• Back to the Classics Challenge: I have read Rebecca by du Maurier, for the "20th century classic." I have read and reviewed Beast in View by Millar, which can be used either for a "classic by a woman author" or for the "Mystery/Detective/Crime classic."
  • The TBR Pile Challenge: Two books that I read this month were for this challenge, Dog On It by Spencer Quinn and Bangkok 8 by John Burdette. 
  • In March and April I read two books for the 1954 Club: Go, Lovely Rose by Jean Potts and Death Likes It Hot by Edgar Box (aka Gore Vidal).

The photo at the top of the post and the one immediately above are from a recent visit to our local plant nursery, the first one this year. My husband took photos of plants, pots, and garden decorations. Click on the images for best viewing quality.


Cath said...

So glad you enjoyed, Because of Sam. I had no idea how it would all pan out either to be honest! LOL

I think Rebecca is widely regarded as DdM's best book although I was watching a Youtube vid last night and someone suggested it was My Cousin Rachel, which I've not read. Thought I might read that soon for the classic challenge, like you. So far my favourite of hers, which I last read in my 30s or something, is Frenchman's Creek. I must also say that she wrote some cracking short stories! The Birds was one of hers and I was really surprised at how different it is to the film.

I liked Dog On It too, think I read two in the series but no more. A good reading moth for you!

TracyK said...

Cath, I had a slow start with Because of Sam, and then once I got started, I could not stop and spent a whole afternoon reading.

I think I would like to read both My Cousin Rachel and Frenchman's Creek eventually. I will check the local bookstore next time we are there. And I am also interested in the short stories by du Maurier.

I liked Dog On It, but I have so many series going. I might wait and see if any of the books are available at the book sale later in the year.

Margot Kinberg said...

I've had months like that, too, Tracy, where the reading went slower and/or I didn't finish books. I think that happens sometimes. But you did read some good 'uns. I'm very glad you enjoyed the first of John Burdett's series. It is well-written, I think, and with a real insight into life in Bangkok. And Spencer Quinn's Chet and Bernie series is well done, too, I think. And you can't go very far wrong with Agatha Christie...

TracyK said...

Since Bangkok 8 had been on my TBR for at least 15 years, Margot, I am very glad I finally read it. And liked it so much.

Re Agatha Christie, last year I made a push to finish all the Poirot novels, and after that I had a hard time getting back to reading her books. I can't believe it had been nearly a year since I read a novel by Christie.

Rick Robinson said...

I am now unable to read more than a few pages in a day. The 94 pages of Slightly Foxed 71 took three weeks. I’ve nearly given up.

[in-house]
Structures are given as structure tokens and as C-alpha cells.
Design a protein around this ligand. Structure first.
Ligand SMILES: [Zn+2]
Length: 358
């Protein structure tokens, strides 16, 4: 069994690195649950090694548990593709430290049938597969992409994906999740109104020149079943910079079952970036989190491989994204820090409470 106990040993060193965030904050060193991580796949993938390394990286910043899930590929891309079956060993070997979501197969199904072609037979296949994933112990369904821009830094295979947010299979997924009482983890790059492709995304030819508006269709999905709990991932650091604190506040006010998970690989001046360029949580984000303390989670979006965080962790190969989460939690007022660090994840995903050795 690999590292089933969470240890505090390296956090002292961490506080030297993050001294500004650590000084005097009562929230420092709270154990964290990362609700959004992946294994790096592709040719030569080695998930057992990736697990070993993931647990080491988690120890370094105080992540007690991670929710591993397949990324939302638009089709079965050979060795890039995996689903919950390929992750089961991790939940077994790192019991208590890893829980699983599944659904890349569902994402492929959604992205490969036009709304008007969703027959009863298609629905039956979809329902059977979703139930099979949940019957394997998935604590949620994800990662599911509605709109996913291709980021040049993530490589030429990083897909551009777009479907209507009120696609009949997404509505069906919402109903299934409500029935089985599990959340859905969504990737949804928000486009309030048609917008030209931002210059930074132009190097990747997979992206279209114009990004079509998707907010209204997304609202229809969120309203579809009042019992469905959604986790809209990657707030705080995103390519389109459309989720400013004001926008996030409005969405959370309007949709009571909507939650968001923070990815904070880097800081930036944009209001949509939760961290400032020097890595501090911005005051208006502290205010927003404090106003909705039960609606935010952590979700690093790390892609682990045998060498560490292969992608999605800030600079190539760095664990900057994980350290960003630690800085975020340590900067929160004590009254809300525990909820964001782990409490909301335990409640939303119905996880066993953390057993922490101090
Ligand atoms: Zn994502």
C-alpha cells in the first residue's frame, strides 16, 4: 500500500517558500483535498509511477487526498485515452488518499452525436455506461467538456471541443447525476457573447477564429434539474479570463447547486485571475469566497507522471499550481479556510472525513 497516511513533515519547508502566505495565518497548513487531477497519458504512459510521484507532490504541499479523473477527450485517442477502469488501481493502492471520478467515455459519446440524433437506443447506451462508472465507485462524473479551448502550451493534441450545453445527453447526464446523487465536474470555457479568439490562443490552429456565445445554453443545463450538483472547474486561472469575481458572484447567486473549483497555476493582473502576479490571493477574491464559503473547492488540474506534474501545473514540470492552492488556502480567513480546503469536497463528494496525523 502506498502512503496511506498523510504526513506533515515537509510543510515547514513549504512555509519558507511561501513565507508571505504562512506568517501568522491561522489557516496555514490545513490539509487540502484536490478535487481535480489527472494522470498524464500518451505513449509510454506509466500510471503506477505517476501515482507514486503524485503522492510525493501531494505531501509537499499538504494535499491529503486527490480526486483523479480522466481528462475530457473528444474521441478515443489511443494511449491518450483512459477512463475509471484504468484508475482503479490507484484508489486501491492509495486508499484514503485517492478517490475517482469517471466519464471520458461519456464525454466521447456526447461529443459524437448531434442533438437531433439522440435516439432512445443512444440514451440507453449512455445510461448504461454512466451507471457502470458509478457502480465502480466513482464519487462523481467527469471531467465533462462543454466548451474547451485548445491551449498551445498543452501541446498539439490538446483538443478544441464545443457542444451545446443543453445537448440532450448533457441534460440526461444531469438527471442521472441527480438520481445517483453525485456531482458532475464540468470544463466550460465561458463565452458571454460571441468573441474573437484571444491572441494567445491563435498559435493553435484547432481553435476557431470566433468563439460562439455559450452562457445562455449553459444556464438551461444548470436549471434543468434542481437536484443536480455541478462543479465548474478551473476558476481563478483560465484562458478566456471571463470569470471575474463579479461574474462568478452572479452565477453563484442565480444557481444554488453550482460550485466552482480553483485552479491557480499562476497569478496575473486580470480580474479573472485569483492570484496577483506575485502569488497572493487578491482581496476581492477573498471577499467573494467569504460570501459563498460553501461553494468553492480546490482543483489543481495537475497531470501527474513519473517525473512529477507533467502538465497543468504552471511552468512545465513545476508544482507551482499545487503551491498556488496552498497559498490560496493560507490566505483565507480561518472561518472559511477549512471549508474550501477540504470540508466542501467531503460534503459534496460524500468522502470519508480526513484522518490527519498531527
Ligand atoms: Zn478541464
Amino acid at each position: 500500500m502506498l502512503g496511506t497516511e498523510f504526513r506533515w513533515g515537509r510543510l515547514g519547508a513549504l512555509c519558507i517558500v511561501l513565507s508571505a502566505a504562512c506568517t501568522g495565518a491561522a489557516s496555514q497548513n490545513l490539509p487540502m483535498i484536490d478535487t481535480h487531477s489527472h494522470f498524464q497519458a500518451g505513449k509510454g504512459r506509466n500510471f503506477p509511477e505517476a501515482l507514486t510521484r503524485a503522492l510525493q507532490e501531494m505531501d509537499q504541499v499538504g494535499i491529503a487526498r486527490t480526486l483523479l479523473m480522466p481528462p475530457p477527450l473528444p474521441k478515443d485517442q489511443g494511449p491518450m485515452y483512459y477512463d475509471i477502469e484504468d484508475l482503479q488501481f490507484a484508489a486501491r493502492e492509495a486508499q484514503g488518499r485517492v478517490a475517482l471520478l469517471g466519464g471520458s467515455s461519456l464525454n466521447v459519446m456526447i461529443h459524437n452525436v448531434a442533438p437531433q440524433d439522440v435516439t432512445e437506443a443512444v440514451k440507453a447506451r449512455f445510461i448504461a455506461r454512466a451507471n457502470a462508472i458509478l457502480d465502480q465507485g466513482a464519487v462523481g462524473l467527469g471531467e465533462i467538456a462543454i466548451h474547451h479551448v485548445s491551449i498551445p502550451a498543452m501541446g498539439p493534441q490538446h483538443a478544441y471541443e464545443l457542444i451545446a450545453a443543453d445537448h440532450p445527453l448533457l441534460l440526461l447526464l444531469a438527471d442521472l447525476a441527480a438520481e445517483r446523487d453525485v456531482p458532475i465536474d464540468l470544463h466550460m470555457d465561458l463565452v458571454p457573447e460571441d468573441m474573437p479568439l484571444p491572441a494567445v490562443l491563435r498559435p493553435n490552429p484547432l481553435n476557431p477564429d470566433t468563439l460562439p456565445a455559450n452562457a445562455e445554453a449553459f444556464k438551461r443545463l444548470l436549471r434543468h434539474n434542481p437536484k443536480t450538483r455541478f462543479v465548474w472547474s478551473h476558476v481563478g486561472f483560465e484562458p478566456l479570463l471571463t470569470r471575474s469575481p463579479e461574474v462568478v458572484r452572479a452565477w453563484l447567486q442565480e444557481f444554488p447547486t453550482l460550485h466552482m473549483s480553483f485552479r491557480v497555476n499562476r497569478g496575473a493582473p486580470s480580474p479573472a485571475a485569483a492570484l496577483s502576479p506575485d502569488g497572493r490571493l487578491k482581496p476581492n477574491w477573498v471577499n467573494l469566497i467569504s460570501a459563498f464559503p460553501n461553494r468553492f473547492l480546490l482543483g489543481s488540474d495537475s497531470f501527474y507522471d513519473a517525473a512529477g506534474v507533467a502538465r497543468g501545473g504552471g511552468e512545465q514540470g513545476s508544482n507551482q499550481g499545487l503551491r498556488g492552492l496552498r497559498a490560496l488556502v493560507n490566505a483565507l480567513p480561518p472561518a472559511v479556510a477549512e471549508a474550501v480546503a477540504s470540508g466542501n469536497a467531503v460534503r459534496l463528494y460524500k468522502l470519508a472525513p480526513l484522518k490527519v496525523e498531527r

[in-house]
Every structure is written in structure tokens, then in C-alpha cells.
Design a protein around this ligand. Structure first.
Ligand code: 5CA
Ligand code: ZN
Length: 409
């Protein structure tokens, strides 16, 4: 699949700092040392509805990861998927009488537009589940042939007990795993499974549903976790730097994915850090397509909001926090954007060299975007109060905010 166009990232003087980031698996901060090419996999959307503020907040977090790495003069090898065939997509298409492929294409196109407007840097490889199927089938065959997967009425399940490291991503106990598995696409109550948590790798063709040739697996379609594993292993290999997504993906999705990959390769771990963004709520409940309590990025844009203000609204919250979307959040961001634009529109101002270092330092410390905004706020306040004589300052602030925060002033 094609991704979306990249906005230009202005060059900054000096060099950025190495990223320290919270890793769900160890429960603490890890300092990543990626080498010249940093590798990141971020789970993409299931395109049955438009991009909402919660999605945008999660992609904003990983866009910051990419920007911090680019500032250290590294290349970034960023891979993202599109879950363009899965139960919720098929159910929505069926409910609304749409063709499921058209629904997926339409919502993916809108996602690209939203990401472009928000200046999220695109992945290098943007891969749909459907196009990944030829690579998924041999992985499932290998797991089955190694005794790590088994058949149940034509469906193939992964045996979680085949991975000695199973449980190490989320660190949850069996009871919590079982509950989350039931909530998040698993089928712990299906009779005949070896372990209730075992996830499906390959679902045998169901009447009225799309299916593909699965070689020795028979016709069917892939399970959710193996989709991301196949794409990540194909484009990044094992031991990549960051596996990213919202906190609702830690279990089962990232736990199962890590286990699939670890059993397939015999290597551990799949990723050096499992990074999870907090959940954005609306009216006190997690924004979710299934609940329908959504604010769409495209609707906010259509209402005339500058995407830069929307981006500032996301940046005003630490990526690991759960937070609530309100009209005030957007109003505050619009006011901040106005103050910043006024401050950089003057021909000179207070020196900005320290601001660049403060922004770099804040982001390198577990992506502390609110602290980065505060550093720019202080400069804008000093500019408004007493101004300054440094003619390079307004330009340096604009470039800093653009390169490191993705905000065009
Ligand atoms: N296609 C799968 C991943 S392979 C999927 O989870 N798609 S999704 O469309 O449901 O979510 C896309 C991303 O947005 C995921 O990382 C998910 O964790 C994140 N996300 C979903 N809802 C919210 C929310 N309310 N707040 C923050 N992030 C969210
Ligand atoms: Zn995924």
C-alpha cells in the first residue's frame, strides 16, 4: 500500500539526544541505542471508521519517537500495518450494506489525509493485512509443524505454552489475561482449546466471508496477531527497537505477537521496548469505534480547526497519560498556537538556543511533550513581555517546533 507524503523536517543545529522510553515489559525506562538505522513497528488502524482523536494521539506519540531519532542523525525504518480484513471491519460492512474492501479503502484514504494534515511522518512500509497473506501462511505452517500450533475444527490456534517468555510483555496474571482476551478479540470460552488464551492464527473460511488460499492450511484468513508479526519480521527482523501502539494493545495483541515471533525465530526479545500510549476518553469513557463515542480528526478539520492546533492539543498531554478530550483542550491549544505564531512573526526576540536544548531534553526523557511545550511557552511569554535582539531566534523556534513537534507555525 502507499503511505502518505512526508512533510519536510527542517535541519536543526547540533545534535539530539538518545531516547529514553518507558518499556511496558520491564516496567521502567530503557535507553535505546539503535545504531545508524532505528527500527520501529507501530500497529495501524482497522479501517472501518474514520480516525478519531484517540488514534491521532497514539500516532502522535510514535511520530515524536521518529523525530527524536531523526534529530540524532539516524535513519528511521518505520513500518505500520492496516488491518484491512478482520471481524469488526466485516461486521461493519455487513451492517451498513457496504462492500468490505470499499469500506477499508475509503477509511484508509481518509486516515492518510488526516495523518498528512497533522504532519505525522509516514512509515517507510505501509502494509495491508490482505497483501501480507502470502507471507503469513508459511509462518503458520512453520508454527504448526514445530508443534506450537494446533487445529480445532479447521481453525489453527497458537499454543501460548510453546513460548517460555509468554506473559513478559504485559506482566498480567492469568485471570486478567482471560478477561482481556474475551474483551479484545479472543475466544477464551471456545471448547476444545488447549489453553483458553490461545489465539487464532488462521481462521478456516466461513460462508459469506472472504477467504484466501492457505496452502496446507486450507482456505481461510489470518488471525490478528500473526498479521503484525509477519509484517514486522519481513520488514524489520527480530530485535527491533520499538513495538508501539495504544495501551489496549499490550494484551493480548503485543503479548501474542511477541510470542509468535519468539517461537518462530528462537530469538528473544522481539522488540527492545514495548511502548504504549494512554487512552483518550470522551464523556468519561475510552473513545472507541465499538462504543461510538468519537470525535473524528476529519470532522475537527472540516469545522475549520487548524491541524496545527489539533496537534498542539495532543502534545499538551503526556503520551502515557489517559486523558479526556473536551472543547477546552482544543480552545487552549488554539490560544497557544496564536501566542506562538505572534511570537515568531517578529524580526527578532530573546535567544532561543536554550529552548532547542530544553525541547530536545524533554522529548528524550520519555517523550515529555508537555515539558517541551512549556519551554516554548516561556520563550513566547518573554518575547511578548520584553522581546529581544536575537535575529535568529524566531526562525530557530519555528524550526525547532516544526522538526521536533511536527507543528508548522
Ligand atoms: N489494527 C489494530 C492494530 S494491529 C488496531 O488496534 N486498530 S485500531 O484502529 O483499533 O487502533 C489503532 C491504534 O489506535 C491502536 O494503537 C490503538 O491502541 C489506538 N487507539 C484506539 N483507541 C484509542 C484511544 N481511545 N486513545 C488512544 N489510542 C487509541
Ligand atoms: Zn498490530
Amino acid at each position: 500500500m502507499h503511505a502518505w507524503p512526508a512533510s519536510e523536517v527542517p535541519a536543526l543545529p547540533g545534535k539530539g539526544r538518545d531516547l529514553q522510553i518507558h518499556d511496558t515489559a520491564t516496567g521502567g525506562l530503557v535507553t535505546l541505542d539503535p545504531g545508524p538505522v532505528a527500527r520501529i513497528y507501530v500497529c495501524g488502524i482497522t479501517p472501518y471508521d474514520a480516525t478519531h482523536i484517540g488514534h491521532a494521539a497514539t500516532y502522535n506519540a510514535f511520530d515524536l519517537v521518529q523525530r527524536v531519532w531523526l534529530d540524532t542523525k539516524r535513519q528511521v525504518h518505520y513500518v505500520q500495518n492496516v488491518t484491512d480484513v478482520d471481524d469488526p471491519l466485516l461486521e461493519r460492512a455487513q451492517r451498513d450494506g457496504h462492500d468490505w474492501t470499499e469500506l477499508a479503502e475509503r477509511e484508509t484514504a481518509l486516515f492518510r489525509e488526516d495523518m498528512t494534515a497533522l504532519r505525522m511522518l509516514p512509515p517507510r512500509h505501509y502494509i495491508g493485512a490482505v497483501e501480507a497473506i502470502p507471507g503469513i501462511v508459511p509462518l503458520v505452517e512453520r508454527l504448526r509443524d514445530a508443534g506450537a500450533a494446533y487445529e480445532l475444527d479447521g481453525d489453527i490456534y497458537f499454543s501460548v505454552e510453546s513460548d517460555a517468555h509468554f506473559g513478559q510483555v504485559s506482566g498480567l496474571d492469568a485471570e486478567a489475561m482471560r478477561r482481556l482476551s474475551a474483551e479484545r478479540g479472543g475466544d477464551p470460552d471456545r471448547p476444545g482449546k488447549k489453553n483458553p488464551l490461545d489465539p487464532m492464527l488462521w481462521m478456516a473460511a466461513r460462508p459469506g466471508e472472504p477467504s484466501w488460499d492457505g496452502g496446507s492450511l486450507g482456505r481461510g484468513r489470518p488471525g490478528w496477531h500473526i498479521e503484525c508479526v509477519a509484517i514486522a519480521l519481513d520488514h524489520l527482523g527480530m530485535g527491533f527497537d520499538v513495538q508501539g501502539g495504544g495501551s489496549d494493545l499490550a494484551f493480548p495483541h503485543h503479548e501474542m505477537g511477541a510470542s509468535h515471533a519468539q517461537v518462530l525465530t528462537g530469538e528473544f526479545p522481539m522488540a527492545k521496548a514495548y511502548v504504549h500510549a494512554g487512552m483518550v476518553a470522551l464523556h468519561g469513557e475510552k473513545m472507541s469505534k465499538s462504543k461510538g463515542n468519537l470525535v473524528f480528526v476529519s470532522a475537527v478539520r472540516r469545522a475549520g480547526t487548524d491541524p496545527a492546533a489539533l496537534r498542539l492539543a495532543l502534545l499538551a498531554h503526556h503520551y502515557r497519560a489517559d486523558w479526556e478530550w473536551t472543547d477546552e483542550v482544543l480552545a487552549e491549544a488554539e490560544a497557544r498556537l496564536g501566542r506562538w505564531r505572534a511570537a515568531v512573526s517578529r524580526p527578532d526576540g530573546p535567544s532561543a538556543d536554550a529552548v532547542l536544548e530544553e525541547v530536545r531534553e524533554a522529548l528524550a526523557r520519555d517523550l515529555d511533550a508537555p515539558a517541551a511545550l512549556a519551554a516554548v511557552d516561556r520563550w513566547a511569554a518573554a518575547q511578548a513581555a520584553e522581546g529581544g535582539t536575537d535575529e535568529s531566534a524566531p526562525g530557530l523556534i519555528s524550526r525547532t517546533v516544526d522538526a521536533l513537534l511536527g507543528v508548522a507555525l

TracyK said...

Rick, I am sorry to hear that. It must be very discouraging for someone who likes to read as much as you do. Is this because of the back pain or other issues? In the last few months, I have noticed that I can read much less in the evening, and if I want to keep up with both short stories and novels, I will probably have to read more in the daytime, which takes time away from other things I need to do. It seems that my vision is getting worse but if so it is very gradual.

Rick Robinson said...

Mostly my upper back - it’s difficult and painful to hold, or look downward toward, a book regardless of size or weight. Even on the iPad or phone.

TracyK said...

Rick, that sounds horrible and it must cause problems in other areas of life too. I hope you will have improvement in your back pain as soon as possible. The only alternative I can think of is audible books, and I have never "read" a book that way myself, so know nothing about that.

Katrina said...

I love Rebecca, I rarely re-read books but that one is a real treat for me so I see it as a comfort read. I had no idea that Molly Clavering was from Glasgow, like me. I really must get around to reading her.
I like those garden planter heads, they would look great with plant hair.

TracyK said...

Katrina, I loved Rebecca also. For me the middle was tense as it built up to events I knew would happen, and then I enjoyed the ending although of course you could not call it a happy ending. I would enjoy rereading it.

I do hope you read some books from Clavering, to see what you think of them. I will be reading more of them.

The expressions on the faces of those planter heads are so good. I may have to force myself to spend that amount on a pot.

col2910 said...

I'm glad you enjoyed Dog on It. It's a premise that shouldn't really work but does. I have the Burdett book on the pile for a few too many years now.

TracyK said...

Col, I saw your review on Dog On It and was surprised that you liked it so much. You frequently surprise me in your taste in books.

It will be interesting to see what you think of the Burdett book when you read it. It wasn't what I was expecting.